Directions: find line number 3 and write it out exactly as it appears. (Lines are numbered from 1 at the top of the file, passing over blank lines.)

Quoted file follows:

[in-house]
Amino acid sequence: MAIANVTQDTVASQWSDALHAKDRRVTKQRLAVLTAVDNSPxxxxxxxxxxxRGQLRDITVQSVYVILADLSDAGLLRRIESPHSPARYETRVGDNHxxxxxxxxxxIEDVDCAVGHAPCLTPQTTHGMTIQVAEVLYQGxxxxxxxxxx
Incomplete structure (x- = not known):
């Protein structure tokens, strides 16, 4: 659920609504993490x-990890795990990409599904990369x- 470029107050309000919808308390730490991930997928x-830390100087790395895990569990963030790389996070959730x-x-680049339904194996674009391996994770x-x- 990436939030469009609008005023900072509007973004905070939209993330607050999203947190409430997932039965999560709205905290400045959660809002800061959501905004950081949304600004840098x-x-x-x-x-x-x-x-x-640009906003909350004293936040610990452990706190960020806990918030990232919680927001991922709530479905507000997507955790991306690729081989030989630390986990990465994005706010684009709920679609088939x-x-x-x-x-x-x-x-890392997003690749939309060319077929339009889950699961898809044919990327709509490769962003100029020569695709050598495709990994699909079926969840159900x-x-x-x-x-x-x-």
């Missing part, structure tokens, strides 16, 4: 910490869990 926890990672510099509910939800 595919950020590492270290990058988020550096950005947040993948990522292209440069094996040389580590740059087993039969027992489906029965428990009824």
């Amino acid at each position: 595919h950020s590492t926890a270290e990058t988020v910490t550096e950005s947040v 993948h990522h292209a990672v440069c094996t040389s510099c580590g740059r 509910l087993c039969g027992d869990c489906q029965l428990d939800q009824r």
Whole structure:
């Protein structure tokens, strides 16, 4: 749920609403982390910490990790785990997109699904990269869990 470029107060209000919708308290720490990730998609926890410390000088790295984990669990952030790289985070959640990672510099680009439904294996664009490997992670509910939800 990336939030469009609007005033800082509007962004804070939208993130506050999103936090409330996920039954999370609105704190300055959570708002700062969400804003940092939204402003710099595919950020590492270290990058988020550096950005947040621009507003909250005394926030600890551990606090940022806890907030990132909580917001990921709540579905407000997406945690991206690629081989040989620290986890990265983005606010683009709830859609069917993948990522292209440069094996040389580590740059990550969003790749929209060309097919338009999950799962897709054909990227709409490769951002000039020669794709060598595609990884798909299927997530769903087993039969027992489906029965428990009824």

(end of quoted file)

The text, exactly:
Incomplete structure (x- = not known):